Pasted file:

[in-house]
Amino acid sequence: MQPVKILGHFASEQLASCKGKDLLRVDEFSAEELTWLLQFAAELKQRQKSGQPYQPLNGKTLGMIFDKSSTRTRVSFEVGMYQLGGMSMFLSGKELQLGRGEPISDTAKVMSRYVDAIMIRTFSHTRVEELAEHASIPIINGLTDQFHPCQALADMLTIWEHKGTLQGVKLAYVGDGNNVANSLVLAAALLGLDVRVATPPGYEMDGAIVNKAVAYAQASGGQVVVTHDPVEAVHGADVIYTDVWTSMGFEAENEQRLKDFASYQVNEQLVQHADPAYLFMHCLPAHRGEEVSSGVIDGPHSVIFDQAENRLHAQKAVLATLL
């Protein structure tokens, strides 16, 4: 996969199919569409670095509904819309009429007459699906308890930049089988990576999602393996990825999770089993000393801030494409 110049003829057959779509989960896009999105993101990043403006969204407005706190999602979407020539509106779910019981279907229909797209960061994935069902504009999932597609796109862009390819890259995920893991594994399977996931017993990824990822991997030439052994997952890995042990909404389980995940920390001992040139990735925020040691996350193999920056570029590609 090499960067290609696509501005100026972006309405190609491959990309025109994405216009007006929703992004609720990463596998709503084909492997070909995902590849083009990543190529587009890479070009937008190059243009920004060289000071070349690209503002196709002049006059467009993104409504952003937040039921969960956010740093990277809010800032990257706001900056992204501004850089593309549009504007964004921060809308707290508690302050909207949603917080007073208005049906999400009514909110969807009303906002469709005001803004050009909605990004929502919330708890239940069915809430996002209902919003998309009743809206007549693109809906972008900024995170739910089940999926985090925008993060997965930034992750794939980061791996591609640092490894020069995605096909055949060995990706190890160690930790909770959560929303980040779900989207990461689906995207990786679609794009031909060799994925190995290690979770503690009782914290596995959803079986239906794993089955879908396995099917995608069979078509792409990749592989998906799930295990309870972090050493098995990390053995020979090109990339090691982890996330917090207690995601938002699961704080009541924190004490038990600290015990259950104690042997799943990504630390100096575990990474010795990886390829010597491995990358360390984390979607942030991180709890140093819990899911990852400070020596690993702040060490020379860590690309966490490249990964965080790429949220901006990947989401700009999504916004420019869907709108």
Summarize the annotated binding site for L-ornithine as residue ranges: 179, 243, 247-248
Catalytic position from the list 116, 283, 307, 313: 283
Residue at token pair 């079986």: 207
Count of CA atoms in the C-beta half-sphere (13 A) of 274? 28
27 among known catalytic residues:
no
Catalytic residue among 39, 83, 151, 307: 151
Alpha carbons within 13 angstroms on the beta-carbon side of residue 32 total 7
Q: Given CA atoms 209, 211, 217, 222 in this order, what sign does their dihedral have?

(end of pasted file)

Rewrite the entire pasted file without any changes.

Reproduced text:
[in-house]
Amino acid sequence: MQPVKILGHFASEQLASCKGKDLLRVDEFSAEELTWLLQFAAELKQRQKSGQPYQPLNGKTLGMIFDKSSTRTRVSFEVGMYQLGGMSMFLSGKELQLGRGEPISDTAKVMSRYVDAIMIRTFSHTRVEELAEHASIPIINGLTDQFHPCQALADMLTIWEHKGTLQGVKLAYVGDGNNVANSLVLAAALLGLDVRVATPPGYEMDGAIVNKAVAYAQASGGQVVVTHDPVEAVHGADVIYTDVWTSMGFEAENEQRLKDFASYQVNEQLVQHADPAYLFMHCLPAHRGEEVSSGVIDGPHSVIFDQAENRLHAQKAVLATLL
């Protein structure tokens, strides 16, 4: 996969199919569409670095509904819309009429007459699906308890930049089988990576999602393996990825999770089993000393801030494409 110049003829057959779509989960896009999105993101990043403006969204407005706190999602979407020539509106779910019981279907229909797209960061994935069902504009999932597609796109862009390819890259995920893991594994399977996931017993990824990822991997030439052994997952890995042990909404389980995940920390001992040139990735925020040691996350193999920056570029590609 090499960067290609696509501005100026972006309405190609491959990309025109994405216009007006929703992004609720990463596998709503084909492997070909995902590849083009990543190529587009890479070009937008190059243009920004060289000071070349690209503002196709002049006059467009993104409504952003937040039921969960956010740093990277809010800032990257706001900056992204501004850089593309549009504007964004921060809308707290508690302050909207949603917080007073208005049906999400009514909110969807009303906002469709005001803004050009909605990004929502919330708890239940069915809430996002209902919003998309009743809206007549693109809906972008900024995170739910089940999926985090925008993060997965930034992750794939980061791996591609640092490894020069995605096909055949060995990706190890160690930790909770959560929303980040779900989207990461689906995207990786679609794009031909060799994925190995290690979770503690009782914290596995959803079986239906794993089955879908396995099917995608069979078509792409990749592989998906799930295990309870972090050493098995990390053995020979090109990339090691982890996330917090207690995601938002699961704080009541924190004490038990600290015990259950104690042997799943990504630390100096575990990474010795990886390829010597491995990358360390984390979607942030991180709890140093819990899911990852400070020596690993702040060490020379860590690309966490490249990964965080790429949220901006990947989401700009999504916004420019869907709108």
Summarize the annotated binding site for L-ornithine as residue ranges: 179, 243, 247-248
Catalytic position from the list 116, 283, 307, 313: 283
Residue at token pair 């079986």: 207
Count of CA atoms in the C-beta half-sphere (13 A) of 274? 28
27 among known catalytic residues:
no
Catalytic residue among 39, 83, 151, 307: 151
Alpha carbons within 13 angstroms on the beta-carbon side of residue 32 total 7
Q: Given CA atoms 209, 211, 217, 222 in this order, what sign does their dihedral have?